deponti (deponti) wrote,
deponti
deponti

Morning Birding in Lalbagh

..


This is the text of the field report I filed, for my Naturalists' Training Programme fellow-students:

This morning, Sainath and I decided to meet up at Lalbagh, as I was very keen on seeing the spotted owls that he has been photographing ( see
 
 
Indeed, you can enjoy all his snaps on his Live Journal!)



We met up near the Glass House, but then he took me on a route different from the one Bngbirds groups usually take. We slowly trailed along hoping to spot a few birds but didn't see much except the INDIAN KOELS practising their music in several trees; in fact, when Sainath took me to the Cesealpinae (spelling??) tree where he normally see the owls, there was nothing there. However, the beautiful morning, the greenery around us, and the pariah kites enjoying the thermals overhead were satisfying enough for me. We did see two brahminy kites sitting on a tree, looking out over the lake.  Looking at this kept me quite happy..until we went closer to the lake, and took a circuit of it. On a large eucalyptus tree overhanging the lake, we saw three Large Cormorants, with one an immature bird. They were perching and drying out their feathers, and preening too, applying the oily secretions that help them retain body heat when they are in the water. There was also a little egret near the fence, and several little cormorants diving and fishing.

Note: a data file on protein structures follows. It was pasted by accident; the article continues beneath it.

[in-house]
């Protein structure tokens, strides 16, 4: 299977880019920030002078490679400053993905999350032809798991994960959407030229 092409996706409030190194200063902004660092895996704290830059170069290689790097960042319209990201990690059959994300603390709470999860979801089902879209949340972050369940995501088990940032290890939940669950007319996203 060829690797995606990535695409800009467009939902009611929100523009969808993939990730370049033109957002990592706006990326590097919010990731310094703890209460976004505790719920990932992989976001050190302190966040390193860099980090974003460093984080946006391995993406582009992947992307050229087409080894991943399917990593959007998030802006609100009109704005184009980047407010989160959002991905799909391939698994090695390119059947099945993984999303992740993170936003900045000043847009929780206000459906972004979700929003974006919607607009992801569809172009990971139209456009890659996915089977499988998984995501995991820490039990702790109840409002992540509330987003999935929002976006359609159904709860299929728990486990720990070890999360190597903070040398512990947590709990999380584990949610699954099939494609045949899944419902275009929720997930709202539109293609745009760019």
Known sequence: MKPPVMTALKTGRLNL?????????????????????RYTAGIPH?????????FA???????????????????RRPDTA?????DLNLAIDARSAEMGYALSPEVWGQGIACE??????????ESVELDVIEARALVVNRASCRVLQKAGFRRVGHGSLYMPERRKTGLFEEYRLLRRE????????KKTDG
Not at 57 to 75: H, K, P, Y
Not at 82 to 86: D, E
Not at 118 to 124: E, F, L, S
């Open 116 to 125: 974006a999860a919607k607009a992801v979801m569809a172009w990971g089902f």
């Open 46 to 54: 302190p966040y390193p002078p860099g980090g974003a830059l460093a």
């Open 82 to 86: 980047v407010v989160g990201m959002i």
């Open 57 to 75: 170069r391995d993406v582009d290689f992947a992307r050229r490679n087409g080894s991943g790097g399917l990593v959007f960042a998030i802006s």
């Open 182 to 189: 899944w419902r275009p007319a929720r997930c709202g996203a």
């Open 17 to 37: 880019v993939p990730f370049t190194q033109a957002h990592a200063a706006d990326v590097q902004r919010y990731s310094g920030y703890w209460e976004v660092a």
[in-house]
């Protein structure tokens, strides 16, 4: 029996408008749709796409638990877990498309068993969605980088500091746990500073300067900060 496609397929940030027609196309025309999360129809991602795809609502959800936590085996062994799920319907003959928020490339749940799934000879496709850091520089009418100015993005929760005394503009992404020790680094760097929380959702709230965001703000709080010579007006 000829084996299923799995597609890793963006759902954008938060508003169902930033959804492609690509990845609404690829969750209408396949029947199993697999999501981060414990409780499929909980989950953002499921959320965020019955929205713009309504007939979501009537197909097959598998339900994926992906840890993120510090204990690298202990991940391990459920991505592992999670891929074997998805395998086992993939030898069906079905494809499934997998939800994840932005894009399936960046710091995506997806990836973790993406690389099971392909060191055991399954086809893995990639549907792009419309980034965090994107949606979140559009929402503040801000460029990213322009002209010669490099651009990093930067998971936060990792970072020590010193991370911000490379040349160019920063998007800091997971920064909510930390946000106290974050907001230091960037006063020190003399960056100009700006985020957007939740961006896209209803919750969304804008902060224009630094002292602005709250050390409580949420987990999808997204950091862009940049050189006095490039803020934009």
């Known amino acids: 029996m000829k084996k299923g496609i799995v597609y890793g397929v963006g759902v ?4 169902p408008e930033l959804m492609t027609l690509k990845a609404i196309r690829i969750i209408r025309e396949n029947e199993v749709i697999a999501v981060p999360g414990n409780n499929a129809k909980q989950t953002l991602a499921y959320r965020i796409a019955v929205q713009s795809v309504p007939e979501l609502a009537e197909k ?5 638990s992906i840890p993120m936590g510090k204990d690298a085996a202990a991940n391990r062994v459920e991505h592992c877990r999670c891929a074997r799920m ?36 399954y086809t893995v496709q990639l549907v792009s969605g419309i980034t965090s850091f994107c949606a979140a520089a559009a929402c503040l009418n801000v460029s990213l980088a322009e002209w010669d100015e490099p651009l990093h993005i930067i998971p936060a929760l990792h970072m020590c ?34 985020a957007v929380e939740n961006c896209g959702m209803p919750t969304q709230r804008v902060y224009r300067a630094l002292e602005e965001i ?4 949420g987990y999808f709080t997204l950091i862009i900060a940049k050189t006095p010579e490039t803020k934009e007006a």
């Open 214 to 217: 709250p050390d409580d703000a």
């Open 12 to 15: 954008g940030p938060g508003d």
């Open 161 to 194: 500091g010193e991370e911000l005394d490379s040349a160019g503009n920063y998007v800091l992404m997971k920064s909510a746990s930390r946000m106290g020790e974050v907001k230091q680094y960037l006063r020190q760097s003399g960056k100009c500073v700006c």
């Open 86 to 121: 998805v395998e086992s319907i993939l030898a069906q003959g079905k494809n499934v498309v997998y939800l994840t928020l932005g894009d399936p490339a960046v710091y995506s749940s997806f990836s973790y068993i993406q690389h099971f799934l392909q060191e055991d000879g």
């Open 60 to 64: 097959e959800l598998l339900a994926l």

We were stopped by a young boy who wanted to know if we belonged to a birdwatching club; we gave him the details of bngbirds, and told him to come to Lalbagh on 9th July, hopefully to escalate his interest in birdwatching! Sainath generoulsy let him use the binoculars to watch the cormorants up close.
 
On the way back, we decided to try our luck with the spotted owl again...and we approached the tree quietly....and there the "fellow" was! He was a little furry ball with his back to us, so we circled round to get a view of him from the front. Sure enough, we found a wary spotted owl giving that famous "wise" look, directly at us, as we stopped to admire him through our binoculars! Of course, we could not resist taking another step towards him, and another...and then he decided, enough was enough, and flew off into another tree where he was not so visible!
 
While circling to see him, though, we saw another amazing sight. On a eucalyptus tree, we saw what we think is a wasps' nest, but of a type that I have never seen before. The nest looked as if made of dried eucalyptus leaves, with swirls of crescent-shaped markings; it was quite low on the tree, between the leaves of some small twigs. We were able to see a lot of insects just inside the mouth, which looked like wasps to us. I am planning to ask Karthik to spare the time to visit this with me and tell me about it, if he can.
 
On the way out, I spotted a few white-cheeked barbets, too, and I returned home happy at having been able to have quite a productive morning at Lalbagh. Thank you, Sainath, for the owl-sighting!





 
Neither of us had a camera ( I don't take very good pictures!) so we couldn't document the sightings; next time, one of us will have a camera, definitely!

So, to even things up, here's a picture of a a golden or a black-naped oriole that Mohan took in Corbett ..it could be either, I am not sure(apparently they are found in Bangalore, too!)





golden orioles
 
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